What did it take to shoot a TV ad during South Africa’s lockdown? Over 75 hours of Zoom meetings, 48 Skype casting calls and four remote callbacks, six hours of online cast rehearsals, five virtual location reccies, over 1500 WhatsApp messages, 200 emails, hundreds of phone calls, and a very unusual kind of shoot day.
All this to bring the new A.Vogel Echinaforce TV commercial to screens in time for winter and generate much needed income for over 35 people, mostly freelance professionals whose earnings would be among those hardest hit by the lockdown.
Initially as commercial director Dani Hynes raced home from Dubai ahead of the 27 March lockdown date, she assumed her next production, the Echinaforce TV ad, would be cancelled. Agency A Country for Jane and their client, SA Natural Products, were thinking the same thing.
But as lockdown commenced, a story of determination and ingenuity started up in the lounges, kitchens and even bedrooms of the team tasked with making this advert.
Hynes explains: “We’d been looking forward to making the advert as the product has some great new clinical evidence to share and the creative concept was beautiful and very different to normal cold and flu adverts. When lockdown was announced it initially seemed impossible. But then, Echinaforce is an immune support product, and right now immune health is everyone’s priority, so getting this ad out became something of a personal challenge and mission for all of us.”
With the natural order of work severely disrupted, and Levels 5 and 4 lockdown regulations prohibiting TV shoots, a monumental behind-the-scenes effort to prepare for an uncertain shoot day got underway. What was normally due process, became constant improvisation.
Team members, used to working closely together, had to now consult over Zoom. Production, used to working with reliable suppliers, now found them unavailable. This necessitated a complete rethink around props, costumes and location reccies.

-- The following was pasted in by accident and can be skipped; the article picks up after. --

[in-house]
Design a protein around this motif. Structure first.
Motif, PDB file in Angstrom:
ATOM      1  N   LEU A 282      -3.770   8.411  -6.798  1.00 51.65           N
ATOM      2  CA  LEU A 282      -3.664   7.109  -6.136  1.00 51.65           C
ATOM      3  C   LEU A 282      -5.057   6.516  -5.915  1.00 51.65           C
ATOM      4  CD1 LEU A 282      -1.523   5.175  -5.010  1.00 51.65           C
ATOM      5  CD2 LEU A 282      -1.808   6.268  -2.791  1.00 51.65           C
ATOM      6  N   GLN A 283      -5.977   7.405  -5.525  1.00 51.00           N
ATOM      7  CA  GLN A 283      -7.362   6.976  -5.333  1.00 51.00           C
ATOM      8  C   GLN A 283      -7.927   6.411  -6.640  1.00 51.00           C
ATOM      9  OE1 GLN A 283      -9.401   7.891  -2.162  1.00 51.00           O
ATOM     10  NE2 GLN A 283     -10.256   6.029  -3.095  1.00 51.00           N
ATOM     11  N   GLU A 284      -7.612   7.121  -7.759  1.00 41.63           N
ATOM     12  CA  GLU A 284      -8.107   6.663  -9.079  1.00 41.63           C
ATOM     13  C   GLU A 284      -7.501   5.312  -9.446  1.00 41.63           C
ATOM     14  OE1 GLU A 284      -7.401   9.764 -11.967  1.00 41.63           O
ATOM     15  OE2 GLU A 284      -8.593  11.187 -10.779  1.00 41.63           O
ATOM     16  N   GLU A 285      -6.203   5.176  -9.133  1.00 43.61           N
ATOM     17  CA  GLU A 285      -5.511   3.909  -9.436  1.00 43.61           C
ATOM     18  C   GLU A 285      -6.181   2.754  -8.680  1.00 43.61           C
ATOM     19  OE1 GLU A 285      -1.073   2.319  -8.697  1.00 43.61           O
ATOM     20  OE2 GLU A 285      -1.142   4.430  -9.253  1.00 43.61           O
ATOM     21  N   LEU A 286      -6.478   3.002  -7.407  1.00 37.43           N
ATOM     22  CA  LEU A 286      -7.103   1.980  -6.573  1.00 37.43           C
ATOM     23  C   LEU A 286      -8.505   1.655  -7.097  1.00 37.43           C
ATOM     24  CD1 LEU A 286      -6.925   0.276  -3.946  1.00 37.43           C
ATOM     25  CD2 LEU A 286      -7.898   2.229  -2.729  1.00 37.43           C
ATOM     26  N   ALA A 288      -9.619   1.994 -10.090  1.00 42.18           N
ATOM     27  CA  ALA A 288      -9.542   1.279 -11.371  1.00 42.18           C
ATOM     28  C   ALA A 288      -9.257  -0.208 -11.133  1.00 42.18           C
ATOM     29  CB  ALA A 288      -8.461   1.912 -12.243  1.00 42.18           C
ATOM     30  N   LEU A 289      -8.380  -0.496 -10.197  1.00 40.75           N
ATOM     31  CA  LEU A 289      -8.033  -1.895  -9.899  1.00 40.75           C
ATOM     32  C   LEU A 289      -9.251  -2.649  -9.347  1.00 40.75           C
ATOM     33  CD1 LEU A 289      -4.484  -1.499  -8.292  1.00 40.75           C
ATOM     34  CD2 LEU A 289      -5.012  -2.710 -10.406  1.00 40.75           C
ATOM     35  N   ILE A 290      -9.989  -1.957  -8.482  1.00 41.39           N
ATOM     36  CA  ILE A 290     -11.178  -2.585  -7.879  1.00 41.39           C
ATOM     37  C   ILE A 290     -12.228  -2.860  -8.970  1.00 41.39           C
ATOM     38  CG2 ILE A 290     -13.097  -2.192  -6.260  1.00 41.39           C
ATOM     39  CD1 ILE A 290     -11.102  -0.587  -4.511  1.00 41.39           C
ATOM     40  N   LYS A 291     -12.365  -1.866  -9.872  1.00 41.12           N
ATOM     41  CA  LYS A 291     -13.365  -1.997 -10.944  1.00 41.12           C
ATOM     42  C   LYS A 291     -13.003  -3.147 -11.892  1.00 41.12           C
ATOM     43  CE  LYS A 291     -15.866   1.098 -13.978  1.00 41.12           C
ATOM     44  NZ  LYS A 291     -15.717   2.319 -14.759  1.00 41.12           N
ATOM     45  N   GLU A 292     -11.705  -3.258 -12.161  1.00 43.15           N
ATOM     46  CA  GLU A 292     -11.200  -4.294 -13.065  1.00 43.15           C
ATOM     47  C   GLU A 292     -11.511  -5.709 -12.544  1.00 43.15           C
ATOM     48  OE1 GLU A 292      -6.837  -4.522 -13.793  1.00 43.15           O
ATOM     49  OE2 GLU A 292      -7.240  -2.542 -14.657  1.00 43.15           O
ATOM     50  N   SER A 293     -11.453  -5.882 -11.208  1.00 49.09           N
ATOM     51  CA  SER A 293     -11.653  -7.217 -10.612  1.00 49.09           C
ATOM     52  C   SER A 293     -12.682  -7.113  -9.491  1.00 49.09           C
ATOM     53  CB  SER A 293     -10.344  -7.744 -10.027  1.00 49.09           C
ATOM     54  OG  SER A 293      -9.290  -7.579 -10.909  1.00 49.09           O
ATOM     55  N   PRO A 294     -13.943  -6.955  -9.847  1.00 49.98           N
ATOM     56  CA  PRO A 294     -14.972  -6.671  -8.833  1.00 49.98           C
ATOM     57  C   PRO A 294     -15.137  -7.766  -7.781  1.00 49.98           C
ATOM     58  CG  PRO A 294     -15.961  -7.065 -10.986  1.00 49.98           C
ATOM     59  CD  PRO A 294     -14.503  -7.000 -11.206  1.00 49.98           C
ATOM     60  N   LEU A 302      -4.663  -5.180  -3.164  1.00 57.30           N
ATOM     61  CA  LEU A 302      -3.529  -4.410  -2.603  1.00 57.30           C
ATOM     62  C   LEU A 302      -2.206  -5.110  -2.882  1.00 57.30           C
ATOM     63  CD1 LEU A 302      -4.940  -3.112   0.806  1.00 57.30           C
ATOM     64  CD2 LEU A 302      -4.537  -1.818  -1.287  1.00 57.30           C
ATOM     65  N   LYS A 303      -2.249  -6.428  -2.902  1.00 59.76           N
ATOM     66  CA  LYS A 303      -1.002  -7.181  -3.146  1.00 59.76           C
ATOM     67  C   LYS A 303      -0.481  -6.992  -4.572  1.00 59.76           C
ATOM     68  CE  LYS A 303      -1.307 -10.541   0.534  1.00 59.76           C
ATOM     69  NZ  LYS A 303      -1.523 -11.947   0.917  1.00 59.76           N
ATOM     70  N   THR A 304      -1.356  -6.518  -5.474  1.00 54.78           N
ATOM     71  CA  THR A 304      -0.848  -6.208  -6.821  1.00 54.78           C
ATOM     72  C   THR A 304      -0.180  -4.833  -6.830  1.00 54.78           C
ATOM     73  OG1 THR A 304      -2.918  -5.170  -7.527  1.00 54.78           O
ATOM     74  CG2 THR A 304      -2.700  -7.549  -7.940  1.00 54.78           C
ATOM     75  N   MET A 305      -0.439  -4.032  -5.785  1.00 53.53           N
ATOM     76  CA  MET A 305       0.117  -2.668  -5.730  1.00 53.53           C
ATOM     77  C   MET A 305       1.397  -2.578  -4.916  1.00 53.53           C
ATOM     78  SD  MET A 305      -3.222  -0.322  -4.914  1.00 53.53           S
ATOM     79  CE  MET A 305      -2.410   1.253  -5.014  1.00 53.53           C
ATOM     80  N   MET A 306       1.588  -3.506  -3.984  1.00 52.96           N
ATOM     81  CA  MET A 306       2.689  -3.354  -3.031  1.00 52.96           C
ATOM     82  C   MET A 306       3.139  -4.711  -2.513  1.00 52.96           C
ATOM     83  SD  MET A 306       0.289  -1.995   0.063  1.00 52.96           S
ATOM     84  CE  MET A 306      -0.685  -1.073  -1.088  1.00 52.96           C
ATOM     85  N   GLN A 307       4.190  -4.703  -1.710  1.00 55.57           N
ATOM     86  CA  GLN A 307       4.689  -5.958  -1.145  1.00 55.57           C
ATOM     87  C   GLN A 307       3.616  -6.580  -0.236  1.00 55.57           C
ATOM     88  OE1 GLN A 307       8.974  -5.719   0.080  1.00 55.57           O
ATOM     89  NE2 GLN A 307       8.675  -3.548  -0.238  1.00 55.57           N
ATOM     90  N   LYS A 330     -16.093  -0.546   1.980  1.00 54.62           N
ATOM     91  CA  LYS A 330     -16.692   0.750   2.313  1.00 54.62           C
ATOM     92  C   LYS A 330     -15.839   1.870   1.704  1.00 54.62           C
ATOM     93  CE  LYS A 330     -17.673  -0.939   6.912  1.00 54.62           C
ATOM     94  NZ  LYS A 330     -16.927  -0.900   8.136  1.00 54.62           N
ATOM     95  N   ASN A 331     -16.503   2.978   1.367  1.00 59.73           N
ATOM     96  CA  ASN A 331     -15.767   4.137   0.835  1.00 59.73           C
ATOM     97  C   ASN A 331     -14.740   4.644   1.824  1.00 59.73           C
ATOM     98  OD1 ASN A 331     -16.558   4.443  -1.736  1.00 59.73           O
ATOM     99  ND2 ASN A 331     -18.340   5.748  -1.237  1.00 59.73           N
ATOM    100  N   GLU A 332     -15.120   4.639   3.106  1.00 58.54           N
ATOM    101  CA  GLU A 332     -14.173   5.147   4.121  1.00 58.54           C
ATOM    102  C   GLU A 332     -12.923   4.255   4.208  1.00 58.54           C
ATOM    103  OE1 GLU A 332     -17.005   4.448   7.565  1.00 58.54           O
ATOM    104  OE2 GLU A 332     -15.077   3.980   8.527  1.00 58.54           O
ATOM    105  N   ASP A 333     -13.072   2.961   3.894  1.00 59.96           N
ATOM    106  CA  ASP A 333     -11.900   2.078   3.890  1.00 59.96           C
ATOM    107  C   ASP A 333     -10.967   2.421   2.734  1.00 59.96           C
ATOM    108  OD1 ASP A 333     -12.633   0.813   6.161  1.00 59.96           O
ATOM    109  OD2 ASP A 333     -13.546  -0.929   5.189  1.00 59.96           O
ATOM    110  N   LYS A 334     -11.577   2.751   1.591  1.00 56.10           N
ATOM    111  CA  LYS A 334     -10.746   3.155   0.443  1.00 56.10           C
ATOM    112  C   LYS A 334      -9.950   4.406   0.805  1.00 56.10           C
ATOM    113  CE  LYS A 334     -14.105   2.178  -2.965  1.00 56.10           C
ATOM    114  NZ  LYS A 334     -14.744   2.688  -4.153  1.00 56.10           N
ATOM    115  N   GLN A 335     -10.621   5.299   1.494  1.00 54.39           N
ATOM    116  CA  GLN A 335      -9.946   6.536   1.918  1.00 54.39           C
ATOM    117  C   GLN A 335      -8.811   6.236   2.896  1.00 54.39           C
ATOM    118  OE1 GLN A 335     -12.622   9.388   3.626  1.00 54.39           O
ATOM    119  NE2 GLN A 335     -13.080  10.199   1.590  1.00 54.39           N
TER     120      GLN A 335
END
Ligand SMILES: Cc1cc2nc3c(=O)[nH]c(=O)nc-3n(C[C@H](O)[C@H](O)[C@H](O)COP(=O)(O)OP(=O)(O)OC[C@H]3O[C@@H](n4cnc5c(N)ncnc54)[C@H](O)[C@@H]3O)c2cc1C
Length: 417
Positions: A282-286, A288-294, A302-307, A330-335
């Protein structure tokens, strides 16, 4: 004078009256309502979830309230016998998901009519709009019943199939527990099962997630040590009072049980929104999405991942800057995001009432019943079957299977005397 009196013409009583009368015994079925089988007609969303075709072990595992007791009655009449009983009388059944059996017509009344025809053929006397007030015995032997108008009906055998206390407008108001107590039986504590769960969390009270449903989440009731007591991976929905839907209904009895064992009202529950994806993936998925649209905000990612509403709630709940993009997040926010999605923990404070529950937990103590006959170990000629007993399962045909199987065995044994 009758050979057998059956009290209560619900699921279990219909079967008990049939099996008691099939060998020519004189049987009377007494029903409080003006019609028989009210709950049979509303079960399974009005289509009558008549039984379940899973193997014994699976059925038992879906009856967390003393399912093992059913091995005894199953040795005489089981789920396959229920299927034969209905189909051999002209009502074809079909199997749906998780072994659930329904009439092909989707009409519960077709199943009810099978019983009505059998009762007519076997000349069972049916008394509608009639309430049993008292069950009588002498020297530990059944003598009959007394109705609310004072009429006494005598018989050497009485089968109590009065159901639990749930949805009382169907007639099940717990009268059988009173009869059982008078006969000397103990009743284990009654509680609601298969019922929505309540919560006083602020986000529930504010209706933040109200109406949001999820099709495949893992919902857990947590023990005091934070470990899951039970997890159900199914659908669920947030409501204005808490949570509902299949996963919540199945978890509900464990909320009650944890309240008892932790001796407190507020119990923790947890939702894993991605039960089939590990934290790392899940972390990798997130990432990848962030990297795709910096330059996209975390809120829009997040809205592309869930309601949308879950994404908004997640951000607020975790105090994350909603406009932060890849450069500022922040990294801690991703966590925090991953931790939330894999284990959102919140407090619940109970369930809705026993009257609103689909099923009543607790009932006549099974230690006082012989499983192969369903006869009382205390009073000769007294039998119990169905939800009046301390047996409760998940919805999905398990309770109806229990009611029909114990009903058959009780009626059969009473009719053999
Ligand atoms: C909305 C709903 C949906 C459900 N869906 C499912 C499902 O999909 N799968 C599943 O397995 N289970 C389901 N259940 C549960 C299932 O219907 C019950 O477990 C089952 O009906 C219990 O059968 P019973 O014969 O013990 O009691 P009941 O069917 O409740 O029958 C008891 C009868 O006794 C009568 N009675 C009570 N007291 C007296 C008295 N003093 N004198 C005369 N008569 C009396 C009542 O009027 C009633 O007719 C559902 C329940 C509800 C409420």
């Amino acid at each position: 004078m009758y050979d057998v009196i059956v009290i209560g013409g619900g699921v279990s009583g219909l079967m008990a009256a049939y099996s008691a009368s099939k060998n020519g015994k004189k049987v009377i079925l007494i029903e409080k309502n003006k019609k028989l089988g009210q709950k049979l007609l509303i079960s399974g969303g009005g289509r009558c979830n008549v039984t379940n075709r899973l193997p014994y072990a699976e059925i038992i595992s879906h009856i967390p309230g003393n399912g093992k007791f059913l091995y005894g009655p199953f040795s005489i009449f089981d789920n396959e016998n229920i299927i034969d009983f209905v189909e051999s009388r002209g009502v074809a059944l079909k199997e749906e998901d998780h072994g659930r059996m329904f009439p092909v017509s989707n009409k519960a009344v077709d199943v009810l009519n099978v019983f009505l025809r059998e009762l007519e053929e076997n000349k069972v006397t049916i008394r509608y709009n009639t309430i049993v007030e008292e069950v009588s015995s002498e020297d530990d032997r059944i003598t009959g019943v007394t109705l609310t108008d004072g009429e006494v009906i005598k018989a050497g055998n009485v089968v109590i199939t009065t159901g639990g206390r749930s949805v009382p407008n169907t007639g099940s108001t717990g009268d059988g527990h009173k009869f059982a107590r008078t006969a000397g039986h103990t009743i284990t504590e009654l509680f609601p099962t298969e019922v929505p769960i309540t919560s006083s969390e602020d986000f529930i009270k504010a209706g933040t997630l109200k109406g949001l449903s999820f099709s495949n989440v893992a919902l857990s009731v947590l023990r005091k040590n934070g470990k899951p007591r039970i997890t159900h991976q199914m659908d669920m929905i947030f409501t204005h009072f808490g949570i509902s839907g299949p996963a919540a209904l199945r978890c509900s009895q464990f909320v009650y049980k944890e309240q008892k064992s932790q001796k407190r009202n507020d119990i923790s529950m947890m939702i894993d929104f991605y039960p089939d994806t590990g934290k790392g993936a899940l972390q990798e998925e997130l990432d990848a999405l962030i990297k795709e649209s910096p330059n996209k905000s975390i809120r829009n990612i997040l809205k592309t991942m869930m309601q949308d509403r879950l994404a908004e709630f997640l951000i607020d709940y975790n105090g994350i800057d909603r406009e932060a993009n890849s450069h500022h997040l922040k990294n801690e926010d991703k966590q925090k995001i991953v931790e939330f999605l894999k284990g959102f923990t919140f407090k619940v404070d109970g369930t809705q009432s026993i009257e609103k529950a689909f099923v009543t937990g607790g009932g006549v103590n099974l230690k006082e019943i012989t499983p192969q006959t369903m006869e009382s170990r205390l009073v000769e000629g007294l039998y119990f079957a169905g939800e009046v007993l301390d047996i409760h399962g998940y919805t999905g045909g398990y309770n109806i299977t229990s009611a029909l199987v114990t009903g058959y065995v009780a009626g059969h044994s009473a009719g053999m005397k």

“The script called for a florist shop, where Shaleen Surtie-Richards personifies the Echinaforce brand with her warm and nurturing performance. She’s way more than your average florist, offering nature’s healing support to worried customers who need help,” says Ursula Mcdonald, A Country for Jane MD. “It’s there, as she arranges echinacea bouquets in that enchanting setting, that the benefits of Echinaforce come to life. And that’s where our challenges began. We needed just the right location to create that special shop. Yet we couldn’t even leave our homes to scout for potential locations.”
“The location reccies were unique,” explains Hynes. “We had to request photos and videos from possible locations or have the owners ‘walk us’ around the properties using FaceTime. Not being able to visit the sites, see how the light comes in or get a proper feel for the space was challenging. In the end we were only granted physical access to the location the day before the shoot.”
Hynes continues: “Another challenge was the fact that we needed a lot of Echinacea purpurea flowers. Knowing they wouldn’t be in bloom in autumn, we’d originally planned to create them from silk. Now our silk couldn’t be flown into the country and we were out of time. The only option left was to digitally create them in post-production.”
The wardrobe team and cast had their ‘new normal’ work cut out for them too. Without access to online shopping just sourcing shoes and accessories for the cast was a logistical feat. Actors, normally used to interacting with each other in lively script reads, had to learn the art of auditioning and rehearsing over Skype or Zoom with only the director to interact with.
While permission was finally obtained to shoot towards the end of Level 4, only a limited number of crew, donning masks and adhering to regular temperature checks and hygiene protocols, could attend the physical shoot. This left the client and agency team behind computer screens approving the footage remotely.
Locked down in Durban, the Echinaforce marketing team had to watch the live action in Johannesburg over their computers. “Normally you’re at the shoot, you meet the cast and you can give immediate input and direction on your brand. Now we were trying to watch takes via a dodgy YouTube Live link, while liaising with the agency and director over WhatsApp,” says marketing director Estie Schreiber. “Not seeing the cast’s performances live or knowing what Dani was aiming for in the moment was difficult. Eventually we were approving takes via WhatsApp clips. How they pulled this off and delivered such a beautiful production is testimony to this whole team’s remarkable tenacity and professionalism.”
After seven weeks of fielding numerous logistical lockdown curve balls and the delayed shoot date leaving just three days for post-production and final approvals, the Echinaforce TVC material was ready and delivered to stations on deadline. And over WhatsApp, the teams celebrated a ‘new normal’ success story in very abnormal times!
Credit: A Country for Jane, Pippa Capstick, firstname.lastname@example.org